For nonabelian Yang-Mills in the Coulomb phase, can soft gluons render the charge orientation of charged particles indefinite? Let's say the gauge group is a nonabelian simple Lie group G. Suppose there is a charged particle in the nontrivial irreducible representation r. It might appear the particle can take on a definite state in r. However, we need to infrared regulate by taking the partial trace over soft gluon quanta with total energy less than $\epsilon$. Work in the $R_\xi$ gauge. A gauge rotation is made which only depends upon the distance from the origin. Vary it sufficiently slowly. The longitudinally polarized "soft" gluons from this gauge transformation contributes a total energy of less than $\epsilon$ if varied slowly enough. This corresponds to an internal charge rotation of the element of r.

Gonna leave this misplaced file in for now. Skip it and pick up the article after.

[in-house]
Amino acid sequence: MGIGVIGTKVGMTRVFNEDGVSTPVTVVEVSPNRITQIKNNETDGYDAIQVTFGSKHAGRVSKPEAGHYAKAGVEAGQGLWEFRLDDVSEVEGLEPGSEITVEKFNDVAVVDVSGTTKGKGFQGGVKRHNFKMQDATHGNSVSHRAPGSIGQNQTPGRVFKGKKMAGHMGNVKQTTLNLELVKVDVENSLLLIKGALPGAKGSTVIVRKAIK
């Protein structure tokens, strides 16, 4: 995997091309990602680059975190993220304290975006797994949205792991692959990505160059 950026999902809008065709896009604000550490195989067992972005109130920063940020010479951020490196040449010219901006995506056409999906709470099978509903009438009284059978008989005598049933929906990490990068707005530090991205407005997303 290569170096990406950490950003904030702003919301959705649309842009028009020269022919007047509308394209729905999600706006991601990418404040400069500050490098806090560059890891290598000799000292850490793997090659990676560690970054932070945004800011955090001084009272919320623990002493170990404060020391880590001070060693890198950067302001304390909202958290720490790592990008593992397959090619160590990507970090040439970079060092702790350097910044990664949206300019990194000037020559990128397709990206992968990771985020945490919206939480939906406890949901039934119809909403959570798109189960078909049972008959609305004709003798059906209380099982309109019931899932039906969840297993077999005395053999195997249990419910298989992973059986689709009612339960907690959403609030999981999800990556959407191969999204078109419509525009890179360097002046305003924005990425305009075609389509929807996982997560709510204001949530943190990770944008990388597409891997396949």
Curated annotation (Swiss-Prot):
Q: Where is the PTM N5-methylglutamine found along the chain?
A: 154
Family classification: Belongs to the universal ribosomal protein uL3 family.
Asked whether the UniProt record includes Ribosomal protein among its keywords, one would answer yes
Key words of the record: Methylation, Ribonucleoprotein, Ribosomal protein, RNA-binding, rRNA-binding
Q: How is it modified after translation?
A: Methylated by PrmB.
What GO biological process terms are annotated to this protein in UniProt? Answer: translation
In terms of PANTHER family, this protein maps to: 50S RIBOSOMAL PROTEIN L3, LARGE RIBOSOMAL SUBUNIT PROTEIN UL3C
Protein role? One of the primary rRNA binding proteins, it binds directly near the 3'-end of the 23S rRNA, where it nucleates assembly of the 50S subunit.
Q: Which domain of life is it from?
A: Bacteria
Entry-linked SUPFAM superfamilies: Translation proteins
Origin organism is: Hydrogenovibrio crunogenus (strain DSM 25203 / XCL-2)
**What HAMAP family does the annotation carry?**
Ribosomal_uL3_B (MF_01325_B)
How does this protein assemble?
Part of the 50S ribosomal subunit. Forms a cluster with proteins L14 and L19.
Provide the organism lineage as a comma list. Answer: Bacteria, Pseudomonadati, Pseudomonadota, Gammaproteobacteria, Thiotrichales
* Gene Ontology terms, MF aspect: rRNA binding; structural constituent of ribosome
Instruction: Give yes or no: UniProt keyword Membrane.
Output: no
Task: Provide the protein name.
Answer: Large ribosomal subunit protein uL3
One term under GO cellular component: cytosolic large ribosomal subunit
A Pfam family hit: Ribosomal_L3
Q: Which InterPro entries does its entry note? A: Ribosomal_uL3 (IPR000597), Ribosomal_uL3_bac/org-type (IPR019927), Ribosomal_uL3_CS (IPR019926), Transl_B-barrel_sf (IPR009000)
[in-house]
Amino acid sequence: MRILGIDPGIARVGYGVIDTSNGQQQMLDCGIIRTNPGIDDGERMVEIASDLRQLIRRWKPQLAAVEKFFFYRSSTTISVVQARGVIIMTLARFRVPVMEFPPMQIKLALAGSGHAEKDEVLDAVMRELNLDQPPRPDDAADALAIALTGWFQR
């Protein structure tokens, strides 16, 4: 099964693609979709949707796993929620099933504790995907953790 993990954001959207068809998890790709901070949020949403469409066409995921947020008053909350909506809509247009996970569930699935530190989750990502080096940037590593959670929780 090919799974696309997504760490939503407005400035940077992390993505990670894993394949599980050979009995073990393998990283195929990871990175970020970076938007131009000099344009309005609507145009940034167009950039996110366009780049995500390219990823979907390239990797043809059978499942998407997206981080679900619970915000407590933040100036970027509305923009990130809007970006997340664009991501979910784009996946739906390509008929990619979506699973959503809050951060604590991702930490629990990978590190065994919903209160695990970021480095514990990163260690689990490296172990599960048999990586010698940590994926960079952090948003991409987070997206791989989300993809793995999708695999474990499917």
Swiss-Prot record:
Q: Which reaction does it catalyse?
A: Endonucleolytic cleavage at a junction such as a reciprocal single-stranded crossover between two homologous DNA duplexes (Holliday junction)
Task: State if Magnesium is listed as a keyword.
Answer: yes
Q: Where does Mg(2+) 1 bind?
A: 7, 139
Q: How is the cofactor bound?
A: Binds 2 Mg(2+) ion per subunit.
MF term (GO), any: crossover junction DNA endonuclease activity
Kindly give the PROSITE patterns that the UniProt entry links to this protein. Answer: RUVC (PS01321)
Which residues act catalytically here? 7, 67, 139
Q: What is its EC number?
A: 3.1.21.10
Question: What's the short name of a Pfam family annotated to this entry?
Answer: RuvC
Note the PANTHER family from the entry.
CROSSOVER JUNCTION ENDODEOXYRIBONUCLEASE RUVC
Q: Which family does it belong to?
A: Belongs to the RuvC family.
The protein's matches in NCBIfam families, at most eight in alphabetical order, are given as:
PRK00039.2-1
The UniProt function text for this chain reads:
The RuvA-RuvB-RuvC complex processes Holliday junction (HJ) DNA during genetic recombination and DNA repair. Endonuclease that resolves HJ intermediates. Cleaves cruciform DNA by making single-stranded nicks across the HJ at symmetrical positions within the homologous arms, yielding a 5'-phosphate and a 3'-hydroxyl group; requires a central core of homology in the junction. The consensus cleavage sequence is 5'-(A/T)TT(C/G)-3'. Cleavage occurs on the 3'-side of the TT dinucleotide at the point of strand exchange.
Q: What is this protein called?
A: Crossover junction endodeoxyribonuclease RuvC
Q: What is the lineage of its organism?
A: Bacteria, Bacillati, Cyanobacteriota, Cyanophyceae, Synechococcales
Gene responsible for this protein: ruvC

Does taking the partial trace over soft gluons render the orientation of the charge in a mixed state? Soft gluons carry nonabelian charges too.

Suppose we have finite number of charged particles. Soft gluons in the limit only rotates the total charge of the system. The relative charge orientations of the individual charges at a fixed separation won't be affected in the limit of $\epsilon \to 0^+$.


The boundary conditions state that in the limit of going to spatial infinity, the value of the gauge transformation has to approach the identity. Spatial infinity breaks gauge invariance in the Coulomb phase. You can't change the charge orientation in this manner.

However, in the $R_\xi$ gauge, the orientation of the charge in the interior is entangled with the charge of the chromoelectric field contributions of the soft gluons in such a way that even though the total charge orientation remains fixed, the charge of the "undressed" particle remains in a superposition over all possible orientations.

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